Thermal characterization of Li-ion cells using calorimetric techniques

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The thermal stability of Li-ion cells with intercalating carbon anodes and metal oxide cathodes was measured as a function of state of charge and temperature for two advanced cell chemistries. Cells of the 18650 design with Li{sub x}CoO{sub 2} cathodes (commercial Sony cells) and Li{sub x}Ni{sub 0.8}Co{sub 0.2}O{sub 2} cathodes were measured for thermal reactivity. Accelerating rate calorimetry (ARC) was used to measure cell thermal runaway as a function of state of charge (SOC), microcalorimetry was used to measure the time dependence of thermal output, and differential scanning calorimetry (DSC) was used to study the thermal reactivity of the individual ... continued below

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6 p.

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ROTH,EMANUEL P. May 31, 2000.

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This article is part of the collection entitled: Office of Scientific & Technical Information Technical Reports and was provided by UNT Libraries Government Documents Department to Digital Library, a digital repository hosted by the UNT Libraries. It has been viewed 22 times . More information about this article can be viewed below.

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  • Sandia National Laboratories
    Publisher Info: Sandia National Labs., Albuquerque, NM, and Livermore, CA (United States)
    Place of Publication: Albuquerque, New Mexico

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Description

The thermal stability of Li-ion cells with intercalating carbon anodes and metal oxide cathodes was measured as a function of state of charge and temperature for two advanced cell chemistries. Cells of the 18650 design with Li{sub x}CoO{sub 2} cathodes (commercial Sony cells) and Li{sub x}Ni{sub 0.8}Co{sub 0.2}O{sub 2} cathodes were measured for thermal reactivity. Accelerating rate calorimetry (ARC) was used to measure cell thermal runaway as a function of state of charge (SOC), microcalorimetry was used to measure the time dependence of thermal output, and differential scanning calorimetry (DSC) was used to study the thermal reactivity of the individual components. Thermal decomposition of the anode solid electrolyte interphase (SEI) layer occurred at low temperatures and contributes to the initiation of thermal runaway. Low temperature reactions from 40 C--70 C were observed during the ARC runs that were SOC dependent. These reactions measured in the microcalorimeter decayed over time with power-law dependence and were highly sensitive to SOC and temperature. ARC runs of aged and cycled cells showed complete absence of these low-temperature reactions but showed abrupt exothermic spikes between 105--135 C. These results suggest that during aging the anode SEI layer is decomposing from a metastable state to a stable composition that is breaking down at elevated temperatures.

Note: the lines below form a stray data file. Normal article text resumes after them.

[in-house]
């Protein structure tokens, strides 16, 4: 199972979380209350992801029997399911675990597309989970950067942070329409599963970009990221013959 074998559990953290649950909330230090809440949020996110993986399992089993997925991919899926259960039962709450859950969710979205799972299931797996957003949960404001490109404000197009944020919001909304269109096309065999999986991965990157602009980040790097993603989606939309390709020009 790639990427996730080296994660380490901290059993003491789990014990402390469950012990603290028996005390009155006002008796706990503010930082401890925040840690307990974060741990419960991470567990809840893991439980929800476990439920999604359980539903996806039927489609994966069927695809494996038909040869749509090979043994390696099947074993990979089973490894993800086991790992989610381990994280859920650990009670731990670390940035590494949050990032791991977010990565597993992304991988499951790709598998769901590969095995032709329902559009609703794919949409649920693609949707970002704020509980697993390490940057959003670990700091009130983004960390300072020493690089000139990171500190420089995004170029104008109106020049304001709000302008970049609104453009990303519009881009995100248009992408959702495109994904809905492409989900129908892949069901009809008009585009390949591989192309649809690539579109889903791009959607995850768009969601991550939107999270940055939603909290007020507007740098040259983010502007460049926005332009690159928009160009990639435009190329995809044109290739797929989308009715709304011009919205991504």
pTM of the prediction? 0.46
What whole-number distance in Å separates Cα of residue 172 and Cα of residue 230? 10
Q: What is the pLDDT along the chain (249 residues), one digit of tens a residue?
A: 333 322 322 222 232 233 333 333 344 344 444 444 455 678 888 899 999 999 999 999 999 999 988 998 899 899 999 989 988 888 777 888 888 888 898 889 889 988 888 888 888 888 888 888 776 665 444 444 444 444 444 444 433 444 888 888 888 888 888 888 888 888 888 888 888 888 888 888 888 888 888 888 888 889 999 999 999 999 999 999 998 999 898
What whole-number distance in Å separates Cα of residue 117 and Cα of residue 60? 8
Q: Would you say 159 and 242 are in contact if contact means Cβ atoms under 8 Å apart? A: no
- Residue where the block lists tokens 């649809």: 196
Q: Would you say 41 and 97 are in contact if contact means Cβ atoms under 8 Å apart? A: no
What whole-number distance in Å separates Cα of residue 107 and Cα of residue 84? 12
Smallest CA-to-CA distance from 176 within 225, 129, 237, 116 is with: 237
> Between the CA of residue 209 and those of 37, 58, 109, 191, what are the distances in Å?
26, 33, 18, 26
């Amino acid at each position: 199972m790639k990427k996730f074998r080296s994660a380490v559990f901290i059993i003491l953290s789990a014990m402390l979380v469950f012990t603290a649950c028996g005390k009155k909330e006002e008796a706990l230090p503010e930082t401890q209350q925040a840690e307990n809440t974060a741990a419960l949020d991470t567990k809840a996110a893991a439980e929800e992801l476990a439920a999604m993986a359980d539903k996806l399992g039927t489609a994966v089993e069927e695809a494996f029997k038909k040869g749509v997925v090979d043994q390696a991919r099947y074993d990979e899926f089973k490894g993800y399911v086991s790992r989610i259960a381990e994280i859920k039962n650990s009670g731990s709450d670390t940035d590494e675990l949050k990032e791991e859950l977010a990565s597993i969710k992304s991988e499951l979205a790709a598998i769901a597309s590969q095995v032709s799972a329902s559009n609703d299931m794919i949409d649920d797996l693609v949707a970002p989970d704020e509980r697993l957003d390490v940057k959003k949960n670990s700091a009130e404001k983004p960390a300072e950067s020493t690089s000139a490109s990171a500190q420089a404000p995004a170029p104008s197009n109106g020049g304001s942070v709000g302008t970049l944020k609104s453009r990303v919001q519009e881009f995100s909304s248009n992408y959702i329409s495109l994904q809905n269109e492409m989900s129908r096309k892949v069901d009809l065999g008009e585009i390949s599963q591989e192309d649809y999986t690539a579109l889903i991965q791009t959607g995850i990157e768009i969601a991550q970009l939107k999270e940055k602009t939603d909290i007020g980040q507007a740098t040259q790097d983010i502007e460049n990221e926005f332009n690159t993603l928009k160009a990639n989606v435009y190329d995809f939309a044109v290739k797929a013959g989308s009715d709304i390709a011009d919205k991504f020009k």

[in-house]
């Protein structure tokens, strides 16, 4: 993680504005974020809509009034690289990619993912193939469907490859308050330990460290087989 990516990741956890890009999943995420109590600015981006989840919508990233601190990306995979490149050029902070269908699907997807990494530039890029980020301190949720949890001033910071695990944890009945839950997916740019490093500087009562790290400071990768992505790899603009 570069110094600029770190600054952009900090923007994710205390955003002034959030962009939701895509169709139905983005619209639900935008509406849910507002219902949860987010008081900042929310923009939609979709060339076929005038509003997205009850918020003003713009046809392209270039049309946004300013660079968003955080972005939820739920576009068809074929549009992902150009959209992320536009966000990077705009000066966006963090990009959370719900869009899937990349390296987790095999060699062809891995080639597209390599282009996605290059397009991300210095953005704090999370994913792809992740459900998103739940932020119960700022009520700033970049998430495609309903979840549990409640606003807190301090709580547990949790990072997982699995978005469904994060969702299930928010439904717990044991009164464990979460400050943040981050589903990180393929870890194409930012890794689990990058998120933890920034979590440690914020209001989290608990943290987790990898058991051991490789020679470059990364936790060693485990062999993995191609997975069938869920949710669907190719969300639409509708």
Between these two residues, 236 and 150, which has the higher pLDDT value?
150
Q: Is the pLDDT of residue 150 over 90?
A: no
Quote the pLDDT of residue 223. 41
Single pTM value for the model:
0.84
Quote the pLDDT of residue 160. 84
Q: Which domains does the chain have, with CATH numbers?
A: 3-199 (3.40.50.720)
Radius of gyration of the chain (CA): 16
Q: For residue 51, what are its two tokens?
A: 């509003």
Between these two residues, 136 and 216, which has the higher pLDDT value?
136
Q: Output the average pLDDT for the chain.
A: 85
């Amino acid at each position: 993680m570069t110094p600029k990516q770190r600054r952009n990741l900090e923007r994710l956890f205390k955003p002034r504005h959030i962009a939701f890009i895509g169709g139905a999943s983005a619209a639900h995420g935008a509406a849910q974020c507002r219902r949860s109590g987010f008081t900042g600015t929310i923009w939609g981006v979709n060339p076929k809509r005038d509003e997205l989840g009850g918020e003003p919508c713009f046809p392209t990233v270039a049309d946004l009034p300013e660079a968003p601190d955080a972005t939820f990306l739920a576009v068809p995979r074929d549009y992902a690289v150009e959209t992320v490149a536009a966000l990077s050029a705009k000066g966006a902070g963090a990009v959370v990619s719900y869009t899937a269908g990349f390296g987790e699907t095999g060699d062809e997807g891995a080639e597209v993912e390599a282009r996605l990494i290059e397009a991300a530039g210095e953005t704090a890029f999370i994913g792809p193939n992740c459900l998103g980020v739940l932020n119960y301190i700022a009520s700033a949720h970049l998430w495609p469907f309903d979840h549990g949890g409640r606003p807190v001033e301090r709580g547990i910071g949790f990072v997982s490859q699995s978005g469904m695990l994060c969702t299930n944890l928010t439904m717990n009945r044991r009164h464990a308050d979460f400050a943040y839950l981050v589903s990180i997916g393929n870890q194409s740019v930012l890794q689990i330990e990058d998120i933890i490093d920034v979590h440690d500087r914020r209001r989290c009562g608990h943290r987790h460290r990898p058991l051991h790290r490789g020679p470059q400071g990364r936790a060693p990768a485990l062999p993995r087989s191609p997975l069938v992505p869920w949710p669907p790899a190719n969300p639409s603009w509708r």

Physical Description

6 p.

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OSTI as DE00756412

Medium: P; Size: 6 pages

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  • 35th IECEC, Las Vegas, NV (US), 07/24/2000--07/28/2000

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  • Report No.: SAND2000-1376C
  • Grant Number: AC04-94AL85000
  • Office of Scientific & Technical Information Report Number: 756412
  • Archival Resource Key: ark:/67531/metadc710171

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  • May 31, 2000

Added to The UNT Digital Library

  • Sept. 12, 2015, 6:31 a.m.

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  • April 11, 2017, 2:47 p.m.

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ROTH,EMANUEL P. Thermal characterization of Li-ion cells using calorimetric techniques, article, May 31, 2000; Albuquerque, New Mexico. (digital.library.unt.edu/ark:/67531/metadc710171/: accessed October 18, 2018), University of North Texas Libraries, Digital Library, digital.library.unt.edu; crediting UNT Libraries Government Documents Department.